For the first time, researchers have described three molecular sub-types of lung cancer in patients who had never smoked, based on the number of genomic changes in their tumours.
Lung cancer is the leading cause of cancer-related deaths worldwide – over 2 million people worldwide are diagnosed with the disease each year. It is now well recognised that the risk of lung cancer increases with the number of cigarettes an individual has smoked. But what is less well known, is the fact that up to 20% of patients who develop lung cancer have never smoked at all.
“But I never smoked”
Lung cancer in never-smokers is much more likely to occur in women. It also typically arises at an earlier age than compared to those who smoke. Historically, scientists have debated about whether the absolute number of non-smoker patients is increasing. But now, evidence is emerging that clearly shows that the proportion of people with lung cancer who have never smoked is growing.
A previous US study of over 12,000 lung cancer patients found that, between 1990 and 1995, just 8% were non-smokers. But they reported that from 2011 and 2013 the proportion had risen to 14.9%. An even larger increase was found in the UK, with 13% of lung cancer patients having never smoked in 2008 growing to 28% in 2014.
Andrew Kaufman, a surgeon at Mount Sinai Hospital in New York, has said: “Since the early 2000s, we have seen what I think is truly an epidemiological shift in lung cancer. If lung cancer in never-smokers were a separate entity, it would be in the top 10 cancers in the U.S for both incidence and mortality”.
Environmental risk factors are thought to explain some cases of lung cancer among never smokers, such as exposure to second-hand smoke, air pollution or a history of other lung diseases. But the genomic landscape of these diseases remains poorly characterised, and understandably, there is now a growing pressure to understand lung cancer in never-smokers in more detail.
Molecular subtypes of lung cancer in never-smokers
Recently, an international team led by researchers at the National Cancer Institute conducted a genomic analysis of lung cancer in people with no history of smoking. Whole genome sequencing was performed to search for mutational signatures in the tumour tissue of over 230 lung cancer patients who were never-smokers and had not yet started treatment.
Effectively, mutational signatures act like an archive of a tumour’s activities and provides clues as to what causes the cancer to develop. During this study, the researchers discovered that the majority of lung tumours in never-smokers contained mutational signatures associated with natural processes that occur within the body, not as a result of environmental factors.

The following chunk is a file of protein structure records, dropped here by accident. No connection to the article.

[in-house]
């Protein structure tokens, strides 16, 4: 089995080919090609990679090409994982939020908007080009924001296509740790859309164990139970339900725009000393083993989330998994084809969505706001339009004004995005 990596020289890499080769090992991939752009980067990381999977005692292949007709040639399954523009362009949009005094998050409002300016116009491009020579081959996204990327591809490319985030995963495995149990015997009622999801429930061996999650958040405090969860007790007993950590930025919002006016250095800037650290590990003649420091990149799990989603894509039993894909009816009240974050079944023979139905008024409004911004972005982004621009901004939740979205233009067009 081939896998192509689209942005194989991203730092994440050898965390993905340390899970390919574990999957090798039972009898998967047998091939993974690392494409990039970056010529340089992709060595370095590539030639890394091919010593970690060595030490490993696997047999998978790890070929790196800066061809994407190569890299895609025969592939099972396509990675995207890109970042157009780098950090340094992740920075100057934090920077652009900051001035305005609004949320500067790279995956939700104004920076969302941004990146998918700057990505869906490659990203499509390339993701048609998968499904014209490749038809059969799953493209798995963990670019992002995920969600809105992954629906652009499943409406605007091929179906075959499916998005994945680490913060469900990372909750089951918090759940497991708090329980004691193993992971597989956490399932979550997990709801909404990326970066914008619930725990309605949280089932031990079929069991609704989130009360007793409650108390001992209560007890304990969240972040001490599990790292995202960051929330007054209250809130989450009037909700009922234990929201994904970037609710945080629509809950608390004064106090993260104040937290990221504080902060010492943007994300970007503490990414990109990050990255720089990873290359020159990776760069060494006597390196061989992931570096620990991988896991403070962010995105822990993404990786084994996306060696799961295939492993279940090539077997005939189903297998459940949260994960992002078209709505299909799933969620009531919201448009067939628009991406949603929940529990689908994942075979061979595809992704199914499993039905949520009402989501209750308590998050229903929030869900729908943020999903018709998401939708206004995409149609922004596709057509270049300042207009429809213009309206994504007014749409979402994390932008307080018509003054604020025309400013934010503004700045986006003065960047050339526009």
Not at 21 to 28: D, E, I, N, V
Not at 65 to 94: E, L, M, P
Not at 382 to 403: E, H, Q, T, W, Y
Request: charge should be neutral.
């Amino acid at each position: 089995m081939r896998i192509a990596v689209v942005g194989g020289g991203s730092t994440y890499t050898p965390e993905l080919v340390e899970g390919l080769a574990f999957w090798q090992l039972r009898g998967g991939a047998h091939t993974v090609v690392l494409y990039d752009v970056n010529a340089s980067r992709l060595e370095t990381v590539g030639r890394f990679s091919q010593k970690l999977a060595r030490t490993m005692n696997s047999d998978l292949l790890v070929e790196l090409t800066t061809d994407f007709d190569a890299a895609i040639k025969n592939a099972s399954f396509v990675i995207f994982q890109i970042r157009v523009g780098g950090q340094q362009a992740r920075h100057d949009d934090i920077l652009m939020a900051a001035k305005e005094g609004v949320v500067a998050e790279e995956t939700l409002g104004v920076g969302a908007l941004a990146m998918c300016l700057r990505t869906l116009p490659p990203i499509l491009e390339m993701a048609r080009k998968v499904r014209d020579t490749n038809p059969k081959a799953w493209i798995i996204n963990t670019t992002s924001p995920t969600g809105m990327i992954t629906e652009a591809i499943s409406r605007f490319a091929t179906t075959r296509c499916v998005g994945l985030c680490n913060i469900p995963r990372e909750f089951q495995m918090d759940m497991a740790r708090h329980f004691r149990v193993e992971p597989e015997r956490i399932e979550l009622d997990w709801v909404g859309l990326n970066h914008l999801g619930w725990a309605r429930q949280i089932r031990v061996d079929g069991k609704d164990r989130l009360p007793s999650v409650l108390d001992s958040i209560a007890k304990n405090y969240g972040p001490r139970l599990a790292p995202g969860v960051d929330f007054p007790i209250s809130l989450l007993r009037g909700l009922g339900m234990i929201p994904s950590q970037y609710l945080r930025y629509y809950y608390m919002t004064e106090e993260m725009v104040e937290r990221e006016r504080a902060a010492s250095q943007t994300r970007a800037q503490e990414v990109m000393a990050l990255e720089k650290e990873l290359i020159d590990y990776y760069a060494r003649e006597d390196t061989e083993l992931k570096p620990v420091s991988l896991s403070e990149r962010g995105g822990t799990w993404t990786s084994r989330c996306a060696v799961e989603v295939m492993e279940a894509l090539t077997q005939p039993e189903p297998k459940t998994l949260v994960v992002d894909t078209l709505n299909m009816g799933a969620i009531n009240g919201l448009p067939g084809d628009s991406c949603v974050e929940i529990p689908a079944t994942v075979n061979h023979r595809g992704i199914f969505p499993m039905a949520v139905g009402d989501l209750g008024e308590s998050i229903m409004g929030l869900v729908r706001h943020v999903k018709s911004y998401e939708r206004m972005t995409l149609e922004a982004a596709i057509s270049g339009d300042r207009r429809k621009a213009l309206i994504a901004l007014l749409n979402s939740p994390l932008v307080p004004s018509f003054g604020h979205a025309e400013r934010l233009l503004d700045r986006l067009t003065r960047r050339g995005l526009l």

Subsequently, for the first time, three molecular sub-types of lung cancer in patients who had never smoked were described using musical terms, based on the number of genomic changes, or ‘noise’, in the tumours:
- ‘Piano’: This was labelled the dominant sub-type in non-smokers, but rare in lung cancers of smokers. It featured somatic UBA1 mutations, germline AR variants, low mutational burden, high intratumor heterogeneity, long telomeres, frequent KRAS mutations and slow growth. In fact, it was discovered that the founder cells of ‘piano’ appeared around a decade before diagnosis.
- ‘Mezzo-forte’: This sub-type was found to have specific chromosomal changes and EGFR mutations, both of which are relatively common in lung cancer. The ‘mezzo-forte’ sub-type also exhibited faster tumour growth than ‘piano’.
- ‘Forte’: This sub-type showed whole genome doubling, which is often seen in the lung cancer of smokers. The ‘forte’ sub-type, like ‘mezzo-forte’, showed rapid tumour growth.
Unlocking the mystery of non-smoker lung cancer
The findings from this new study will no doubt create avenues for the personalised treatment of lung cancer in never-smokers. The more scientists can understand about the development of lung tumours in patients who have no history of smoking, the increased likelihood of developing novel and more precise clinical treatments for the disease.
Doctor Maria Landi, a leader in the study from the National Cancer Institute, explained: “What we’re seeing is that there are different subtypes of lung cancer in never smokers that have distinct molecular characteristics and evolutionary processes. In the future, we may be able to have different treatments based on these subtypes.”
For example, recognising the slow growing ‘piano’ sub-type could provide clinicians with optimal opportunities for early detection when the tumours are less difficult to treat. Equally, ‘mezzo-forte’ and ‘forte’ sub-types, which only have a few major driver mutations, could be identified by a single biopsy and may benefit from targeted treatments.
Although no mutational signatures were found in those patients who had been exposed to second-hand smoke, the sample size in this study was small. This highlights the need for future research to focus on large cohorts of patients from different ethnic backgrounds and varied geographical locations. Intelligence gathered from these studies will be extremely useful for understanding how lung tumours in never-smokers differs from that of smokers and for reviewing whether the current cancer screening guidelines need revision.
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